In a tweetstorm posted on Friday, Guillaume Chaslot discussed YouTube’s decision to stop recommending content about certain conspiracies, including claims of a flat earth:
The news was initially announced in a January blog post. YouTube said it would be “taking a closer look at how we can reduce the spread of content that comes close to ― but doesn’t quite cross the line of ― violating our Community Guidelines.”
“To that end, we’ll begin reducing recommendations of borderline content and content that could misinform users in harmful ways,” the post said, noting that that the platform would avoid popularizing videos containing erroneous medical advice or false claims on the 9/11 terror attacks.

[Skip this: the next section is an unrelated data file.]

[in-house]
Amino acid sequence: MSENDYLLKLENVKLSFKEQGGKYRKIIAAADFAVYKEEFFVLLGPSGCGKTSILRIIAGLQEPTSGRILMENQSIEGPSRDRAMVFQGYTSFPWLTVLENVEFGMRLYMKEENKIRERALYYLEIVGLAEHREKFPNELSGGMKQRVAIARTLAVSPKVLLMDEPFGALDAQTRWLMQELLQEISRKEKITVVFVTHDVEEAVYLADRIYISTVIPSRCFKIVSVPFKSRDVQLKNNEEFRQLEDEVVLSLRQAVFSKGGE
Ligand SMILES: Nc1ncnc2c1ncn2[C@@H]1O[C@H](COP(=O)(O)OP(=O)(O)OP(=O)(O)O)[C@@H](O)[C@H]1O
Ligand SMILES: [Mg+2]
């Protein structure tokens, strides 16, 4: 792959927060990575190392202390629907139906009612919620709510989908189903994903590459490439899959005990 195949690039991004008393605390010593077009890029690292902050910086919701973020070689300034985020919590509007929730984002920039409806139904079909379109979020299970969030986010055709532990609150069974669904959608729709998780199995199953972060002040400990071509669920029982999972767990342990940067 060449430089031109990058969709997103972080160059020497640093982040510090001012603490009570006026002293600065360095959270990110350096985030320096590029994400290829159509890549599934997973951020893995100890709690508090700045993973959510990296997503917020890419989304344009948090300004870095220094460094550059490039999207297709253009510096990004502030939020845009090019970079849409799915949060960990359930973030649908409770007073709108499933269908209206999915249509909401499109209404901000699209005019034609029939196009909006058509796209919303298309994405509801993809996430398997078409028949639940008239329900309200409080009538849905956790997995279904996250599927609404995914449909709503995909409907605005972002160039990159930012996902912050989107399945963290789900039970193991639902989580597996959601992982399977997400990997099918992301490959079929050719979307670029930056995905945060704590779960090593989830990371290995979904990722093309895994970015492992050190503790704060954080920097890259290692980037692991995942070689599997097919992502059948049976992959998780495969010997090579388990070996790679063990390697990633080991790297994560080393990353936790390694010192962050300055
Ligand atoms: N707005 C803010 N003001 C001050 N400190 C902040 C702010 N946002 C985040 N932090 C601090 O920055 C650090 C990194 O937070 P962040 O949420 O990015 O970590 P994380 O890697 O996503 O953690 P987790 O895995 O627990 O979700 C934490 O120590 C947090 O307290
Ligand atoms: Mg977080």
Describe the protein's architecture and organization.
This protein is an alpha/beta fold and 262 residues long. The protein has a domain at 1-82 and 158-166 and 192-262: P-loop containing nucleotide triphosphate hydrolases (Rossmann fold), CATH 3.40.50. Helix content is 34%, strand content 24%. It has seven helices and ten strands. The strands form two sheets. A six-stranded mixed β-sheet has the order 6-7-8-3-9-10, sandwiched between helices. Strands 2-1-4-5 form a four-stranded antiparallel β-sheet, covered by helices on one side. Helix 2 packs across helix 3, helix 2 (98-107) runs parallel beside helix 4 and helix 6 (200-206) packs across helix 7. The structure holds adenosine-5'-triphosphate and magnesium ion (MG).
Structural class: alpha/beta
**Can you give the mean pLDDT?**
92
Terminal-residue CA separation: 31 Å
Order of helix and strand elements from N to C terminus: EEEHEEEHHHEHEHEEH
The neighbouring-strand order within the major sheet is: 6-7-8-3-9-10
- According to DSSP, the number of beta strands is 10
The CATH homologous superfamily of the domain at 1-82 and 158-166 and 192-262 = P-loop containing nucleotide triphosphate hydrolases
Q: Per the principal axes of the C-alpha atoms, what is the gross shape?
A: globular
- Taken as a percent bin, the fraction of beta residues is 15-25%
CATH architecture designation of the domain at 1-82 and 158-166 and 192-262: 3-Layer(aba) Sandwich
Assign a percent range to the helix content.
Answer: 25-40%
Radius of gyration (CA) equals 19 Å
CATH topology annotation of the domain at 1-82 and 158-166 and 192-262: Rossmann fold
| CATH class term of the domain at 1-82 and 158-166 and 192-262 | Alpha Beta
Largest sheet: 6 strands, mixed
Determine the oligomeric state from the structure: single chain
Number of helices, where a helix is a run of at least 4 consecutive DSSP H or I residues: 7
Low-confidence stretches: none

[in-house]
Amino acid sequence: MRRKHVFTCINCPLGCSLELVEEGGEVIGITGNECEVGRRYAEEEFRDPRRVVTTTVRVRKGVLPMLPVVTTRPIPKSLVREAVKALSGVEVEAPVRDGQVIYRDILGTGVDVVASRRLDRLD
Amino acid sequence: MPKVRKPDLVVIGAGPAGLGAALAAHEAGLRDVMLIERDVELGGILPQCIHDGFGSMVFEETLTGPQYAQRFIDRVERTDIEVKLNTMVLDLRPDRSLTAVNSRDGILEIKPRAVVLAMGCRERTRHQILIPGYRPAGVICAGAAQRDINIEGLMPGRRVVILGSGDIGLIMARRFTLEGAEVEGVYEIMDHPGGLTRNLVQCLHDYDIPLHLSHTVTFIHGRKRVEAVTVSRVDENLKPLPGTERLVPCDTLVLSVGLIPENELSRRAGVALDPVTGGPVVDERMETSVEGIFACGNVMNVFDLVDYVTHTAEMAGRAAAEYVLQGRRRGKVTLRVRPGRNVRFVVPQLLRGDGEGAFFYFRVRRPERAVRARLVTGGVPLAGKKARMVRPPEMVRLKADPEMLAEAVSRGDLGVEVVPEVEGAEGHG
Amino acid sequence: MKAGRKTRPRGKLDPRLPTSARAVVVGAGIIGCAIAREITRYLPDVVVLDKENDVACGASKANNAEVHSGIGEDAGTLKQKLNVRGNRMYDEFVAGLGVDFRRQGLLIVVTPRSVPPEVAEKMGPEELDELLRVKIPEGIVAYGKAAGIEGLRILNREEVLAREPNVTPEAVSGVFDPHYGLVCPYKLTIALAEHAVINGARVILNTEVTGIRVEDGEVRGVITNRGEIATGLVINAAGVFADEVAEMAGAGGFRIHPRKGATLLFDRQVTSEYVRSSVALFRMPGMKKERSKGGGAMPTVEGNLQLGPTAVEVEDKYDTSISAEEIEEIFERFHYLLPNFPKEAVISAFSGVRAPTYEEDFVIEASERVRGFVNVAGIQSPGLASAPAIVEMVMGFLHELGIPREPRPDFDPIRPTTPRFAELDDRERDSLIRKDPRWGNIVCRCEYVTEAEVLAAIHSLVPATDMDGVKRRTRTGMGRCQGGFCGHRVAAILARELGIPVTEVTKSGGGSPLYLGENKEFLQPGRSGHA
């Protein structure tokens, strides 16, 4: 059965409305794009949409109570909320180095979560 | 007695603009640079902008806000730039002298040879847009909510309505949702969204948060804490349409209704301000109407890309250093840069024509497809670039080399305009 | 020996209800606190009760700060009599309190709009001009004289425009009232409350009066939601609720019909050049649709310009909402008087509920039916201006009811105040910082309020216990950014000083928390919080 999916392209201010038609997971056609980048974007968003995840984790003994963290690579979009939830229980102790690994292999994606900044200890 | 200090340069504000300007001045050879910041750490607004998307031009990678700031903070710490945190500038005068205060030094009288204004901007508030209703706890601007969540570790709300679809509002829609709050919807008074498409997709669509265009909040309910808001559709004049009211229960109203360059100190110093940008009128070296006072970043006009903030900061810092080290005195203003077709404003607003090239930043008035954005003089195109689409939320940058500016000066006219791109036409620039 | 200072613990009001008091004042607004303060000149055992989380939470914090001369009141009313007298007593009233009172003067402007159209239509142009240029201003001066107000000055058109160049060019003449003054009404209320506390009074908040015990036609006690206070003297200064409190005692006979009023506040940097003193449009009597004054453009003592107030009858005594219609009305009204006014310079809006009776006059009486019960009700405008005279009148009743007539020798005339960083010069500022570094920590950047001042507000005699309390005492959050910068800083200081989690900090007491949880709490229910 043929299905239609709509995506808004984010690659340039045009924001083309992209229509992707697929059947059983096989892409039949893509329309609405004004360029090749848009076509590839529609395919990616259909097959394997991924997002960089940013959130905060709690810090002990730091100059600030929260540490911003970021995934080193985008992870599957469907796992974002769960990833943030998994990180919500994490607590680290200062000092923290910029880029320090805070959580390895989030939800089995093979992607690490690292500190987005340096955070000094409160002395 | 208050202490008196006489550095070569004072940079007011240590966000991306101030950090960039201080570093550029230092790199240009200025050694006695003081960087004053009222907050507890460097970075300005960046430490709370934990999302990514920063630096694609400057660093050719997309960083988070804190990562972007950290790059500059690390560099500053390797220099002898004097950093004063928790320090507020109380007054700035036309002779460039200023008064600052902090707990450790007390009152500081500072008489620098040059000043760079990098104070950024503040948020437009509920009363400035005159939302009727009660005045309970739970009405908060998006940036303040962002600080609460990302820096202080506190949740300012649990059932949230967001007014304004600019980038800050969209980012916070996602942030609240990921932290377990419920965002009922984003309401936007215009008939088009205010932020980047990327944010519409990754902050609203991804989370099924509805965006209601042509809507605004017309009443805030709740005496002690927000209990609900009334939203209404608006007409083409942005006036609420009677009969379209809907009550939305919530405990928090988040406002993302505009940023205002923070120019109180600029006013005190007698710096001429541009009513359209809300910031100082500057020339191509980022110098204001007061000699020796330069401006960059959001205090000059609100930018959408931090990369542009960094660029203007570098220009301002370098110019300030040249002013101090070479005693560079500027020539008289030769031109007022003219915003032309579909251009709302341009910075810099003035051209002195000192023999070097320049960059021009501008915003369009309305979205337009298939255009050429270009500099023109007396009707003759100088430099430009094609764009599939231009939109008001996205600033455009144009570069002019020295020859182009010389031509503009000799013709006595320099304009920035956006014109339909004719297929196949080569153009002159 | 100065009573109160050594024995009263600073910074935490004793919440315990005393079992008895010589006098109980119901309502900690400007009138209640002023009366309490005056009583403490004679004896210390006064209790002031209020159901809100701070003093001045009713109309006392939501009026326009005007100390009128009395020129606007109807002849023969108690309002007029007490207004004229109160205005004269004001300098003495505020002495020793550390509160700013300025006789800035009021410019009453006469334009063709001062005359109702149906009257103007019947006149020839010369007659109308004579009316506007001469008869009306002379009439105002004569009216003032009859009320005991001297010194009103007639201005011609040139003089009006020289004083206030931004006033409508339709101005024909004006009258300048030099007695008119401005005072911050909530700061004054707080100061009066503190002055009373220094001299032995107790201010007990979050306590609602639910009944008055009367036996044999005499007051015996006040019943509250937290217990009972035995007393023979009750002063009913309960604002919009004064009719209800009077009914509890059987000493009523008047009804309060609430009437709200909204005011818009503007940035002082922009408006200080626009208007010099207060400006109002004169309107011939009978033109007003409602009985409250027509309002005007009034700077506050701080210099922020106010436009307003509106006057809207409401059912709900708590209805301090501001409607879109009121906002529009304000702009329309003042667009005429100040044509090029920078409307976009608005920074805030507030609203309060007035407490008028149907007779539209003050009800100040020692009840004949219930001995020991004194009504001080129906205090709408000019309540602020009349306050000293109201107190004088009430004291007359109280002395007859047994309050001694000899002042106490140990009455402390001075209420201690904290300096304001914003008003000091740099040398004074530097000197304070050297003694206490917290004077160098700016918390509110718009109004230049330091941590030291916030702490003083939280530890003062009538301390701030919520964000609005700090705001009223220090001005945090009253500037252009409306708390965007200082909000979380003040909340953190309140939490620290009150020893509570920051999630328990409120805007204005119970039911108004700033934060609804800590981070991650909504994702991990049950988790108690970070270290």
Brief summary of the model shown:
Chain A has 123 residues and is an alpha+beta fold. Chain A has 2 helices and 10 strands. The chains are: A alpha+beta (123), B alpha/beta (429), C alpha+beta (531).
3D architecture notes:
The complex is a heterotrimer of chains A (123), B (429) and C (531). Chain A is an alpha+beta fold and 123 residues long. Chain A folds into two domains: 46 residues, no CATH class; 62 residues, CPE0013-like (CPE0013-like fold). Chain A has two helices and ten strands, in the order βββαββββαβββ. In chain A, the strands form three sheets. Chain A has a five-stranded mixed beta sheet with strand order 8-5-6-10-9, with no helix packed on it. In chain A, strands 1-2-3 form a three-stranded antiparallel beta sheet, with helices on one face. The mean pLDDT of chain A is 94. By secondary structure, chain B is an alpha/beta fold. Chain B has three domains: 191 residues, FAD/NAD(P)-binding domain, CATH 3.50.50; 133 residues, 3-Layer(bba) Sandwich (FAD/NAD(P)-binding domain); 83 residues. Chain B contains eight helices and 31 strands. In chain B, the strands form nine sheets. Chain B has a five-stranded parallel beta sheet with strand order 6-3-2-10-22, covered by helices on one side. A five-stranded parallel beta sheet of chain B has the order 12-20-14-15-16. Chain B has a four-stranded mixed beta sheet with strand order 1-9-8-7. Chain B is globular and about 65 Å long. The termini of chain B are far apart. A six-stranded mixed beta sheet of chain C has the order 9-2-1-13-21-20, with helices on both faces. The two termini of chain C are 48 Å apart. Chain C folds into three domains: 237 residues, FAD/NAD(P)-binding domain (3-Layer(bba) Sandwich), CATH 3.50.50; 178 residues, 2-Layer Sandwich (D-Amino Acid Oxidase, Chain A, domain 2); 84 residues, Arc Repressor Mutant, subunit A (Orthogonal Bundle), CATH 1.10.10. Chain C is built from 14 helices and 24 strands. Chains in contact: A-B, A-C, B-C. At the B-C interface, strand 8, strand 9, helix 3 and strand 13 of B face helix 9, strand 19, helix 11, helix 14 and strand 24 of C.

According to Chaslot, the change involved altering the role of artificial intelligence within the company and ensuring that it doesn’t continue suggesting similar content after a user has viewed a conspiracy-related clip.
“It’s only the beginning of a more humane technology,” he tweeted. “Technology that empowers all of us, instead of deceiving the most vulnerable.”
However, this wasn’t the first sign that YouTube was re-thinking the content it hosts. Perhaps the most notable example occurred last year when it decided to ban Alex Jones, a far-right conspiracy theorist/radio host who infamously and falsely claimed that the Sandy Hook massacre was fake.